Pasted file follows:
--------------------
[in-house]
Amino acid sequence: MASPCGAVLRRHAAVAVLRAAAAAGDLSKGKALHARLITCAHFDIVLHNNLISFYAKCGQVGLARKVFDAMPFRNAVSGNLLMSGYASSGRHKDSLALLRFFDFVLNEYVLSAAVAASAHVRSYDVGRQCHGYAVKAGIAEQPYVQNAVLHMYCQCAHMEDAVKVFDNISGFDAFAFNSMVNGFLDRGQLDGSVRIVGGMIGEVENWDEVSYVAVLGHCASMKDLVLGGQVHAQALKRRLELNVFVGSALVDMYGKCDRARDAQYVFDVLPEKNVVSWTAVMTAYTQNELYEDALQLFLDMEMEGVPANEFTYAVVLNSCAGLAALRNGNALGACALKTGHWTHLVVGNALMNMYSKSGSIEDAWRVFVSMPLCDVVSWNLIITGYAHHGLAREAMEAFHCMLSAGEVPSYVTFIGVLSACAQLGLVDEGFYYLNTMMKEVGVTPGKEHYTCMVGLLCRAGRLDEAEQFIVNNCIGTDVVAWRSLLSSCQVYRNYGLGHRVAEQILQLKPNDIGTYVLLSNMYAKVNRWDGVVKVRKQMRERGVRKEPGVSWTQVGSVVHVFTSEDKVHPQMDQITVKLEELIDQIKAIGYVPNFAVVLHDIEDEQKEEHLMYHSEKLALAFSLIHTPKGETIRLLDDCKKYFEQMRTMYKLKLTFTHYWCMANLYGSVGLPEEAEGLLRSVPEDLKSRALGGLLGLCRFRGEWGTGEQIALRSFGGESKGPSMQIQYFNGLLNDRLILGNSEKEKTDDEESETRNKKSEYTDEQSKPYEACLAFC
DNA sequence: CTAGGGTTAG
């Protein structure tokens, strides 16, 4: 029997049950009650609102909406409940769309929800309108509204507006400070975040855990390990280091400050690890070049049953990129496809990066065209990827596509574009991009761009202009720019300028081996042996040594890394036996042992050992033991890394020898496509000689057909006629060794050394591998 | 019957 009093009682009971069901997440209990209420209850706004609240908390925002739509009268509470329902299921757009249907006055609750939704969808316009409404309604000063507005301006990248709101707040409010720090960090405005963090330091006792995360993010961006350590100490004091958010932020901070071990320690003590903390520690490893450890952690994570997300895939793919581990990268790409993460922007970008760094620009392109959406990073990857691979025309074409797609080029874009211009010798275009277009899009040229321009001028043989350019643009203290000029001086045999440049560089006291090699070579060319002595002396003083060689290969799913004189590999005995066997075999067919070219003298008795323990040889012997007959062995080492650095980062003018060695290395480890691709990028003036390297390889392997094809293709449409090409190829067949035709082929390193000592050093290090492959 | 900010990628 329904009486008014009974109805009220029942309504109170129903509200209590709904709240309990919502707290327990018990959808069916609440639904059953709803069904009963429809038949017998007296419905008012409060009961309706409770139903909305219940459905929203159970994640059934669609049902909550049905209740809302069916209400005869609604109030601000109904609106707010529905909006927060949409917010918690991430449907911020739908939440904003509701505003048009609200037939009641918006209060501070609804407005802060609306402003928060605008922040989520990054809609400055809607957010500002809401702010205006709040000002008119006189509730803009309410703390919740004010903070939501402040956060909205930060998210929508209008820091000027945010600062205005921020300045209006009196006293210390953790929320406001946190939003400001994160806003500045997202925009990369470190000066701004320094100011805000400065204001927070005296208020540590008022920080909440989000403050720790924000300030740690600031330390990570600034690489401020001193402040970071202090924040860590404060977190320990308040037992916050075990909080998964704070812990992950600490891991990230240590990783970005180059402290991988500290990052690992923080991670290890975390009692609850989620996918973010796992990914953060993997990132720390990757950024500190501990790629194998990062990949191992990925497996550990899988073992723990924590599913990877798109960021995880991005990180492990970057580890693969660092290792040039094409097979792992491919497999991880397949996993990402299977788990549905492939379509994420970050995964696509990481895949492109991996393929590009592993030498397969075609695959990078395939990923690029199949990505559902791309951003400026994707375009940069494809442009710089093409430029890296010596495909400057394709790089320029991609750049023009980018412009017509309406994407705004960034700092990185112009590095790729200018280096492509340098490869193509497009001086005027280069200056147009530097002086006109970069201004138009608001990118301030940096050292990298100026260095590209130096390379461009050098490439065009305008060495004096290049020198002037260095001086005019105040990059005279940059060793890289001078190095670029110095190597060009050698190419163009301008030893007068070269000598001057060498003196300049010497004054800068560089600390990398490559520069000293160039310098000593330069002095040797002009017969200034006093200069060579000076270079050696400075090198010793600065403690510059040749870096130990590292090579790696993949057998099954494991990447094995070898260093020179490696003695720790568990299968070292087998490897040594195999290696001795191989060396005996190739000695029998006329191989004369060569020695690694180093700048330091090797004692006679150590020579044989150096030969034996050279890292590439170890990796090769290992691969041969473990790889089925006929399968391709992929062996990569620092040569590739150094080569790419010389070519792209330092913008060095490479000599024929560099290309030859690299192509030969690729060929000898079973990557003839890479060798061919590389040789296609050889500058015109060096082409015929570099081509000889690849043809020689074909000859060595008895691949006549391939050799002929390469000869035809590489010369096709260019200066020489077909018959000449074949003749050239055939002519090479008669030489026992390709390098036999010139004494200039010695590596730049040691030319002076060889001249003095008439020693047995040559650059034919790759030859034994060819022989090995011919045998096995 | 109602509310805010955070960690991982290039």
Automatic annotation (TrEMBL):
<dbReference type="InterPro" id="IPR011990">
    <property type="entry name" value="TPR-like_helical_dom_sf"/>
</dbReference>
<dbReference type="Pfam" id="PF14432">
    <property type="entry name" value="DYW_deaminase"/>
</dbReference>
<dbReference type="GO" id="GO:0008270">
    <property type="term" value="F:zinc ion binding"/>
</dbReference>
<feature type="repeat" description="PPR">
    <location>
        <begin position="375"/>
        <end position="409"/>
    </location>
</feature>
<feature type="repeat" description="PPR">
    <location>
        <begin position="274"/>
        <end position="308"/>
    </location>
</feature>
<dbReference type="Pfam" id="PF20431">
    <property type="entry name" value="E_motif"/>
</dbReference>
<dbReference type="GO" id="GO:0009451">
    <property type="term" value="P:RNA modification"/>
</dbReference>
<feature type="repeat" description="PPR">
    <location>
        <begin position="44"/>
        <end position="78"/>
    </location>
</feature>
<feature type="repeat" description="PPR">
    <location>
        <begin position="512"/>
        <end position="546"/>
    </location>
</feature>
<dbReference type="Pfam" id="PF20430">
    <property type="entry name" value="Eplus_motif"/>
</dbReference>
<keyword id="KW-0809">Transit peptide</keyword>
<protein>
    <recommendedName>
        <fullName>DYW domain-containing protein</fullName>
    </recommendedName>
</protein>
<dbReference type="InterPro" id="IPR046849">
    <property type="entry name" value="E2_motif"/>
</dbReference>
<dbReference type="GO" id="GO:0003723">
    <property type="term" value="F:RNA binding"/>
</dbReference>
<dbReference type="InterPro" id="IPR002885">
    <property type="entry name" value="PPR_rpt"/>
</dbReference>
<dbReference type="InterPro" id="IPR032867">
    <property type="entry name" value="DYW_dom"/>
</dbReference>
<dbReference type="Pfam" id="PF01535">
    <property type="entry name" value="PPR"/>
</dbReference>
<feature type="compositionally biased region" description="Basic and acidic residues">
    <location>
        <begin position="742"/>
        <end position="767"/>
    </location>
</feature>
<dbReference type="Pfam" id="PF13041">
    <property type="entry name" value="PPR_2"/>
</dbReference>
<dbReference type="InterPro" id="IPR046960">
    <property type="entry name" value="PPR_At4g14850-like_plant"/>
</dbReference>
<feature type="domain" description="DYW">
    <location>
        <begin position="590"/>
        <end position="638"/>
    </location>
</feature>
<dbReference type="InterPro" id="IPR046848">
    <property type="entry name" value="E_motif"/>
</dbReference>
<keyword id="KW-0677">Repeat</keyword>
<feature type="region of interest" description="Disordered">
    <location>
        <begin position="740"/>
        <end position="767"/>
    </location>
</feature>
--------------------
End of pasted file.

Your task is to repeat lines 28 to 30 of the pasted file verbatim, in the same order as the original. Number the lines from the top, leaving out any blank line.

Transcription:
    <property type="entry name" value="E_motif"/>
</dbReference>
<dbReference type="GO" id="GO:0009451">